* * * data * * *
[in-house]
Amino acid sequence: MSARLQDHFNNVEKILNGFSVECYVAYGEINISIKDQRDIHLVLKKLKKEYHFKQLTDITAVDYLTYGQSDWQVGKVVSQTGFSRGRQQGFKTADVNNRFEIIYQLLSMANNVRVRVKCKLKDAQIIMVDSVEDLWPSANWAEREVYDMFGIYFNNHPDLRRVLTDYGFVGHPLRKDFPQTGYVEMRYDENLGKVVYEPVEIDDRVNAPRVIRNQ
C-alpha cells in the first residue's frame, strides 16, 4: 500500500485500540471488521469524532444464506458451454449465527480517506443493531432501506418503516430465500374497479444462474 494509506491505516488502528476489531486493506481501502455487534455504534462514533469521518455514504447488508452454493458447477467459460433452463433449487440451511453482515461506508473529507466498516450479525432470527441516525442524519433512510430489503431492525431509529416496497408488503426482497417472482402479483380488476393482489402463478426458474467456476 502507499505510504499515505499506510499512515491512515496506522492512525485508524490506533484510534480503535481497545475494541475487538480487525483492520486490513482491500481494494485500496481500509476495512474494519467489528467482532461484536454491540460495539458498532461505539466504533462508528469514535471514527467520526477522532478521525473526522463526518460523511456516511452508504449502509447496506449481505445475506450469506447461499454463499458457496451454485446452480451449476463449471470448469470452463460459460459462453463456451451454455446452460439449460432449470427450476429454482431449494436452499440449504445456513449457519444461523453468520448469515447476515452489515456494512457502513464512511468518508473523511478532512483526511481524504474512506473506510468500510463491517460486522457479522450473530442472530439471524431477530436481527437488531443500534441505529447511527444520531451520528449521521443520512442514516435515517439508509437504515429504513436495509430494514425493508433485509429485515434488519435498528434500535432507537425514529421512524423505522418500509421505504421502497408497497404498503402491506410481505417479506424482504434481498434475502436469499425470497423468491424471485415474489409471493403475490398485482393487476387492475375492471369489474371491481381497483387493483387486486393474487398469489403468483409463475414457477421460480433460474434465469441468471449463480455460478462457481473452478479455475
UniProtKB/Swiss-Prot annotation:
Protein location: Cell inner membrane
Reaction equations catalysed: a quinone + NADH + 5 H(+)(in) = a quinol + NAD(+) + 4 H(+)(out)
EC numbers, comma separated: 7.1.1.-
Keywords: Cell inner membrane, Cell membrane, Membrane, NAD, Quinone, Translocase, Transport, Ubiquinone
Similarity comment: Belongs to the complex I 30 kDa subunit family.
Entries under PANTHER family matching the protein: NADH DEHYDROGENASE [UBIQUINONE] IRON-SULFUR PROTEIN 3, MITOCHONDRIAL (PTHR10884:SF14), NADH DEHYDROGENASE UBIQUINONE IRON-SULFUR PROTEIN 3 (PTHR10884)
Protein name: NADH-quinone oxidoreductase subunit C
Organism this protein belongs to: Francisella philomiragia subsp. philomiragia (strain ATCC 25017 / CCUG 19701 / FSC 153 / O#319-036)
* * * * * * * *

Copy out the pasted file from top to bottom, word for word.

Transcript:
[in-house]
Amino acid sequence: MSARLQDHFNNVEKILNGFSVECYVAYGEINISIKDQRDIHLVLKKLKKEYHFKQLTDITAVDYLTYGQSDWQVGKVVSQTGFSRGRQQGFKTADVNNRFEIIYQLLSMANNVRVRVKCKLKDAQIIMVDSVEDLWPSANWAEREVYDMFGIYFNNHPDLRRVLTDYGFVGHPLRKDFPQTGYVEMRYDENLGKVVYEPVEIDDRVNAPRVIRNQ
C-alpha cells in the first residue's frame, strides 16, 4: 500500500485500540471488521469524532444464506458451454449465527480517506443493531432501506418503516430465500374497479444462474 494509506491505516488502528476489531486493506481501502455487534455504534462514533469521518455514504447488508452454493458447477467459460433452463433449487440451511453482515461506508473529507466498516450479525432470527441516525442524519433512510430489503431492525431509529416496497408488503426482497417472482402479483380488476393482489402463478426458474467456476 502507499505510504499515505499506510499512515491512515496506522492512525485508524490506533484510534480503535481497545475494541475487538480487525483492520486490513482491500481494494485500496481500509476495512474494519467489528467482532461484536454491540460495539458498532461505539466504533462508528469514535471514527467520526477522532478521525473526522463526518460523511456516511452508504449502509447496506449481505445475506450469506447461499454463499458457496451454485446452480451449476463449471470448469470452463460459460459462453463456451451454455446452460439449460432449470427450476429454482431449494436452499440449504445456513449457519444461523453468520448469515447476515452489515456494512457502513464512511468518508473523511478532512483526511481524504474512506473506510468500510463491517460486522457479522450473530442472530439471524431477530436481527437488531443500534441505529447511527444520531451520528449521521443520512442514516435515517439508509437504515429504513436495509430494514425493508433485509429485515434488519435498528434500535432507537425514529421512524423505522418500509421505504421502497408497497404498503402491506410481505417479506424482504434481498434475502436469499425470497423468491424471485415474489409471493403475490398485482393487476387492475375492471369489474371491481381497483387493483387486486393474487398469489403468483409463475414457477421460480433460474434465469441468471449463480455460478462457481473452478479455475
UniProtKB/Swiss-Prot annotation:
Protein location: Cell inner membrane
Reaction equations catalysed: a quinone + NADH + 5 H(+)(in) = a quinol + NAD(+) + 4 H(+)(out)
EC numbers, comma separated: 7.1.1.-
Keywords: Cell inner membrane, Cell membrane, Membrane, NAD, Quinone, Translocase, Transport, Ubiquinone
Similarity comment: Belongs to the complex I 30 kDa subunit family.
Entries under PANTHER family matching the protein: NADH DEHYDROGENASE [UBIQUINONE] IRON-SULFUR PROTEIN 3, MITOCHONDRIAL (PTHR10884:SF14), NADH DEHYDROGENASE UBIQUINONE IRON-SULFUR PROTEIN 3 (PTHR10884)
Protein name: NADH-quinone oxidoreductase subunit C
Organism this protein belongs to: Francisella philomiragia subsp. philomiragia (strain ATCC 25017 / CCUG 19701 / FSC 153 / O#319-036)